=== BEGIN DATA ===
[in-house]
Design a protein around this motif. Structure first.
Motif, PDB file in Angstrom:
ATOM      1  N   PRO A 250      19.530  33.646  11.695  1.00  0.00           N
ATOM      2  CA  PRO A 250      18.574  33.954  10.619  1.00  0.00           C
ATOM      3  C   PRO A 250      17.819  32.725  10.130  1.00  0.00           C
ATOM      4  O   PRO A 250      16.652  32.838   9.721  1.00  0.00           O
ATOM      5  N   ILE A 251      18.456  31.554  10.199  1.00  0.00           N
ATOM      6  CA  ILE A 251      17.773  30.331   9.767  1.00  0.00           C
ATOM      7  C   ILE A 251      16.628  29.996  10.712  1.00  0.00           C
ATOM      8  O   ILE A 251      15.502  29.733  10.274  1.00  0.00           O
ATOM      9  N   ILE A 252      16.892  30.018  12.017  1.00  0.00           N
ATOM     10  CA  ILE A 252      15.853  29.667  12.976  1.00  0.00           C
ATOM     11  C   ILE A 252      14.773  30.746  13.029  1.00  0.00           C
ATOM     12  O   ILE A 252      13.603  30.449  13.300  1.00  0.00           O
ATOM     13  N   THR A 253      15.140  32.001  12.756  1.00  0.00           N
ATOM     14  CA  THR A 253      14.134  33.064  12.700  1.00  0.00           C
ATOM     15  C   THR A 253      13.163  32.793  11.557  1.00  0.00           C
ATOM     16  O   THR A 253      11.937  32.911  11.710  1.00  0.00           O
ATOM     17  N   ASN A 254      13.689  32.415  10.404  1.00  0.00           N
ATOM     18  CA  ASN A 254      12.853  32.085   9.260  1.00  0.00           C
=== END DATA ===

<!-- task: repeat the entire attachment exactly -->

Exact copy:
[in-house]
Design a protein around this motif. Structure first.
Motif, PDB file in Angstrom:
ATOM      1  N   PRO A 250      19.530  33.646  11.695  1.00  0.00           N
ATOM      2  CA  PRO A 250      18.574  33.954  10.619  1.00  0.00           C
ATOM      3  C   PRO A 250      17.819  32.725  10.130  1.00  0.00           C
ATOM      4  O   PRO A 250      16.652  32.838   9.721  1.00  0.00           O
ATOM      5  N   ILE A 251      18.456  31.554  10.199  1.00  0.00           N
ATOM      6  CA  ILE A 251      17.773  30.331   9.767  1.00  0.00           C
ATOM      7  C   ILE A 251      16.628  29.996  10.712  1.00  0.00           C
ATOM      8  O   ILE A 251      15.502  29.733  10.274  1.00  0.00           O
ATOM      9  N   ILE A 252      16.892  30.018  12.017  1.00  0.00           N
ATOM     10  CA  ILE A 252      15.853  29.667  12.976  1.00  0.00           C
ATOM     11  C   ILE A 252      14.773  30.746  13.029  1.00  0.00           C
ATOM     12  O   ILE A 252      13.603  30.449  13.300  1.00  0.00           O
ATOM     13  N   THR A 253      15.140  32.001  12.756  1.00  0.00           N
ATOM     14  CA  THR A 253      14.134  33.064  12.700  1.00  0.00           C
ATOM     15  C   THR A 253      13.163  32.793  11.557  1.00  0.00           C
ATOM     16  O   THR A 253      11.937  32.911  11.710  1.00  0.00           O
ATOM     17  N   ASN A 254      13.689  32.415  10.404  1.00  0.00           N
ATOM     18  CA  ASN A 254      12.853  32.085   9.260  1.00  0.00           C